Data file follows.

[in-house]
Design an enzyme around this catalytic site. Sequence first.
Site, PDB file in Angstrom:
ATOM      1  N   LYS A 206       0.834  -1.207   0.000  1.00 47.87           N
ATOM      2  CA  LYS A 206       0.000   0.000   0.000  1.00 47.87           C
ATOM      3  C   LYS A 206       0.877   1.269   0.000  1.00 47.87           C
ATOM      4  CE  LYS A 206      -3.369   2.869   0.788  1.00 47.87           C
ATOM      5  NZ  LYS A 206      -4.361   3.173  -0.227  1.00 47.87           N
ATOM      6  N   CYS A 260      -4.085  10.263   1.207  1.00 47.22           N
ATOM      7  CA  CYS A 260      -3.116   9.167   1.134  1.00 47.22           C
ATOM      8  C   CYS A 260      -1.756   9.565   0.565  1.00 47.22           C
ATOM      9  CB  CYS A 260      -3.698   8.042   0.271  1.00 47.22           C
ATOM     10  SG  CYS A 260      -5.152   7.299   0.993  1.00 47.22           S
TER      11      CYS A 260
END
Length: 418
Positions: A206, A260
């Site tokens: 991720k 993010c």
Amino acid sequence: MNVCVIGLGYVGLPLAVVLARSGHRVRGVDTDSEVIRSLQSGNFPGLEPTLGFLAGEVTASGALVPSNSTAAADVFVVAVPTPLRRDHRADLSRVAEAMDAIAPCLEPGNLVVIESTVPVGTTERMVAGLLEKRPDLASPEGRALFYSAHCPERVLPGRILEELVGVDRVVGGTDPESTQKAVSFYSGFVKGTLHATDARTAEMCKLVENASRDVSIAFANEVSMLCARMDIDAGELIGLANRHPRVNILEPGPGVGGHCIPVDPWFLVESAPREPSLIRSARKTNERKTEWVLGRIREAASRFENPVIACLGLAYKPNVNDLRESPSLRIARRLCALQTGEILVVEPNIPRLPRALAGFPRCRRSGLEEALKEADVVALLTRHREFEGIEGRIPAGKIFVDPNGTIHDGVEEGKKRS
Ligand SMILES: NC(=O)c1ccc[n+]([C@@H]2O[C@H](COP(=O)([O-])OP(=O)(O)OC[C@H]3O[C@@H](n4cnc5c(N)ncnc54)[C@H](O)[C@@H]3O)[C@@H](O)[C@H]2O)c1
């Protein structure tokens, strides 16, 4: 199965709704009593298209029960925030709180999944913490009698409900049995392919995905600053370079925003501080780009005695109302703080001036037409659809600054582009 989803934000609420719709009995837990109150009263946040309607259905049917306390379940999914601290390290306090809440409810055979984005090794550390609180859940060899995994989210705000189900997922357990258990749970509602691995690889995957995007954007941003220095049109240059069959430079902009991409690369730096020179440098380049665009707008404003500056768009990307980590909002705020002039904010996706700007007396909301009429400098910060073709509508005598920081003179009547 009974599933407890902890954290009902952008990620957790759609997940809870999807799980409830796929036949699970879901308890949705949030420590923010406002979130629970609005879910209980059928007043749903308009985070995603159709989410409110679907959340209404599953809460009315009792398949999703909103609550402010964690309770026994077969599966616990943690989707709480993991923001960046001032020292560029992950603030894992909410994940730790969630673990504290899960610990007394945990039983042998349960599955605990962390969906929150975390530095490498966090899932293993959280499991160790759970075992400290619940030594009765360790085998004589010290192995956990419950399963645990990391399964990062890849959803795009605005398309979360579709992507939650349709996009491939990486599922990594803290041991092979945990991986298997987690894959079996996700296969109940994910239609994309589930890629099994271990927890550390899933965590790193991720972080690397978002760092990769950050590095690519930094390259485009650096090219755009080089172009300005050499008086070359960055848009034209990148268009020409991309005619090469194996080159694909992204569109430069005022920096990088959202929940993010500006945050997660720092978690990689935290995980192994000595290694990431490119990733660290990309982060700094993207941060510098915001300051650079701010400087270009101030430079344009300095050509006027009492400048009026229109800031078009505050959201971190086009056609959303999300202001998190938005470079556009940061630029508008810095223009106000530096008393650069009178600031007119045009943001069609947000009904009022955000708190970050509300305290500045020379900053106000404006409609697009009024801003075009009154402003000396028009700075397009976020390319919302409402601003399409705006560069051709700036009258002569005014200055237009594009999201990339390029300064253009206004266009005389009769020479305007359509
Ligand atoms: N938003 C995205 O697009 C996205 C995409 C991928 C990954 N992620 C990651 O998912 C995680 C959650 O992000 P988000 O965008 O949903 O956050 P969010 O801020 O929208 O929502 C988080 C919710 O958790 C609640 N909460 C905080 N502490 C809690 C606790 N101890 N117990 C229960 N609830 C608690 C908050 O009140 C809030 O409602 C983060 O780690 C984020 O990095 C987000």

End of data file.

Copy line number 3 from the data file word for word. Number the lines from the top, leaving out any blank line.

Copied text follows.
Site, PDB file in Angstrom: